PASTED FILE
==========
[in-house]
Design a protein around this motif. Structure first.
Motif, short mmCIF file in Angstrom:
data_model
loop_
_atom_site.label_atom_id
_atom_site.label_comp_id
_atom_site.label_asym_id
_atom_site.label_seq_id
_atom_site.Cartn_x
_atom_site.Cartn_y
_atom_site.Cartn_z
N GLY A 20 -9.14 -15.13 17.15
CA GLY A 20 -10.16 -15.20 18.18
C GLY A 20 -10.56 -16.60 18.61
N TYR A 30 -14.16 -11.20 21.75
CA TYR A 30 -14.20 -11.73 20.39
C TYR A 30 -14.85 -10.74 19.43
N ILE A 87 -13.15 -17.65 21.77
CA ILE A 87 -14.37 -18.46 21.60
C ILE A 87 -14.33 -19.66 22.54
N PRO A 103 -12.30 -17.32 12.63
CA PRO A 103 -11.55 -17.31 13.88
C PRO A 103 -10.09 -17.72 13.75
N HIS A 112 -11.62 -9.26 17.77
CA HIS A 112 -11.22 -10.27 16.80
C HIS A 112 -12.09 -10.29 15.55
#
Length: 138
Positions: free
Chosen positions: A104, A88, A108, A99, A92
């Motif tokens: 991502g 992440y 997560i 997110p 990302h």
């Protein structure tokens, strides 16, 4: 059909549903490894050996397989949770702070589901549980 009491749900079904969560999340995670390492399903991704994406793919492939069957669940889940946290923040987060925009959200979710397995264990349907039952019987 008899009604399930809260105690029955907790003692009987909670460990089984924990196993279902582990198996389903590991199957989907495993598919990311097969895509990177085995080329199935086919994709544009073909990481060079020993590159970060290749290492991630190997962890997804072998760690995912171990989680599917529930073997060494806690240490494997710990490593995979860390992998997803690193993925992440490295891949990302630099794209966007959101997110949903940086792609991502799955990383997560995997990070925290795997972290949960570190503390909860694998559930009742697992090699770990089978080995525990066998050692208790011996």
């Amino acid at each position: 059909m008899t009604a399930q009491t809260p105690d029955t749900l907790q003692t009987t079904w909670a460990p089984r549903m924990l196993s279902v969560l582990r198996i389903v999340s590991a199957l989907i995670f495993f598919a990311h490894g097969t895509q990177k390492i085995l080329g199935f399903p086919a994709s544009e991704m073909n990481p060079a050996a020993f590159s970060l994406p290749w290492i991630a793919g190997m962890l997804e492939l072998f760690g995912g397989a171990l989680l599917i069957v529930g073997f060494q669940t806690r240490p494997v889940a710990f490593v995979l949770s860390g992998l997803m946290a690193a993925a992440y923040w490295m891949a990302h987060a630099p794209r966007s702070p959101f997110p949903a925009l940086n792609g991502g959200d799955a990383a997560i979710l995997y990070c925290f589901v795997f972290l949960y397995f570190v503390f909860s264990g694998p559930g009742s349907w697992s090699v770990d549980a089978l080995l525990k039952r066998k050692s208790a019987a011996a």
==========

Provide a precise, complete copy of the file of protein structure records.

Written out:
[in-house]
Design a protein around this motif. Structure first.
Motif, short mmCIF file in Angstrom:
data_model
loop_
_atom_site.label_atom_id
_atom_site.label_comp_id
_atom_site.label_asym_id
_atom_site.label_seq_id
_atom_site.Cartn_x
_atom_site.Cartn_y
_atom_site.Cartn_z
N GLY A 20 -9.14 -15.13 17.15
CA GLY A 20 -10.16 -15.20 18.18
C GLY A 20 -10.56 -16.60 18.61
N TYR A 30 -14.16 -11.20 21.75
CA TYR A 30 -14.20 -11.73 20.39
C TYR A 30 -14.85 -10.74 19.43
N ILE A 87 -13.15 -17.65 21.77
CA ILE A 87 -14.37 -18.46 21.60
C ILE A 87 -14.33 -19.66 22.54
N PRO A 103 -12.30 -17.32 12.63
CA PRO A 103 -11.55 -17.31 13.88
C PRO A 103 -10.09 -17.72 13.75
N HIS A 112 -11.62 -9.26 17.77
CA HIS A 112 -11.22 -10.27 16.80
C HIS A 112 -12.09 -10.29 15.55
#
Length: 138
Positions: free
Chosen positions: A104, A88, A108, A99, A92
């Motif tokens: 991502g 992440y 997560i 997110p 990302h």
């Protein structure tokens, strides 16, 4: 059909549903490894050996397989949770702070589901549980 009491749900079904969560999340995670390492399903991704994406793919492939069957669940889940946290923040987060925009959200979710397995264990349907039952019987 008899009604399930809260105690029955907790003692009987909670460990089984924990196993279902582990198996389903590991199957989907495993598919990311097969895509990177085995080329199935086919994709544009073909990481060079020993590159970060290749290492991630190997962890997804072998760690995912171990989680599917529930073997060494806690240490494997710990490593995979860390992998997803690193993925992440490295891949990302630099794209966007959101997110949903940086792609991502799955990383997560995997990070925290795997972290949960570190503390909860694998559930009742697992090699770990089978080995525990066998050692208790011996």
């Amino acid at each position: 059909m008899t009604a399930q009491t809260p105690d029955t749900l907790q003692t009987t079904w909670a460990p089984r549903m924990l196993s279902v969560l582990r198996i389903v999340s590991a199957l989907i995670f495993f598919a990311h490894g097969t895509q990177k390492i085995l080329g199935f399903p086919a994709s544009e991704m073909n990481p060079a050996a020993f590159s970060l994406p290749w290492i991630a793919g190997m962890l997804e492939l072998f760690g995912g397989a171990l989680l599917i069957v529930g073997f060494q669940t806690r240490p494997v889940a710990f490593v995979l949770s860390g992998l997803m946290a690193a993925a992440y923040w490295m891949a990302h987060a630099p794209r966007s702070p959101f997110p949903a925009l940086n792609g991502g959200d799955a990383a997560i979710l995997y990070c925290f589901v795997f972290l949960y397995f570190v503390f909860s264990g694998p559930g009742s349907w697992s090699v770990d549980a089978l080995l525990k039952r066998k050692s208790a019987a011996a």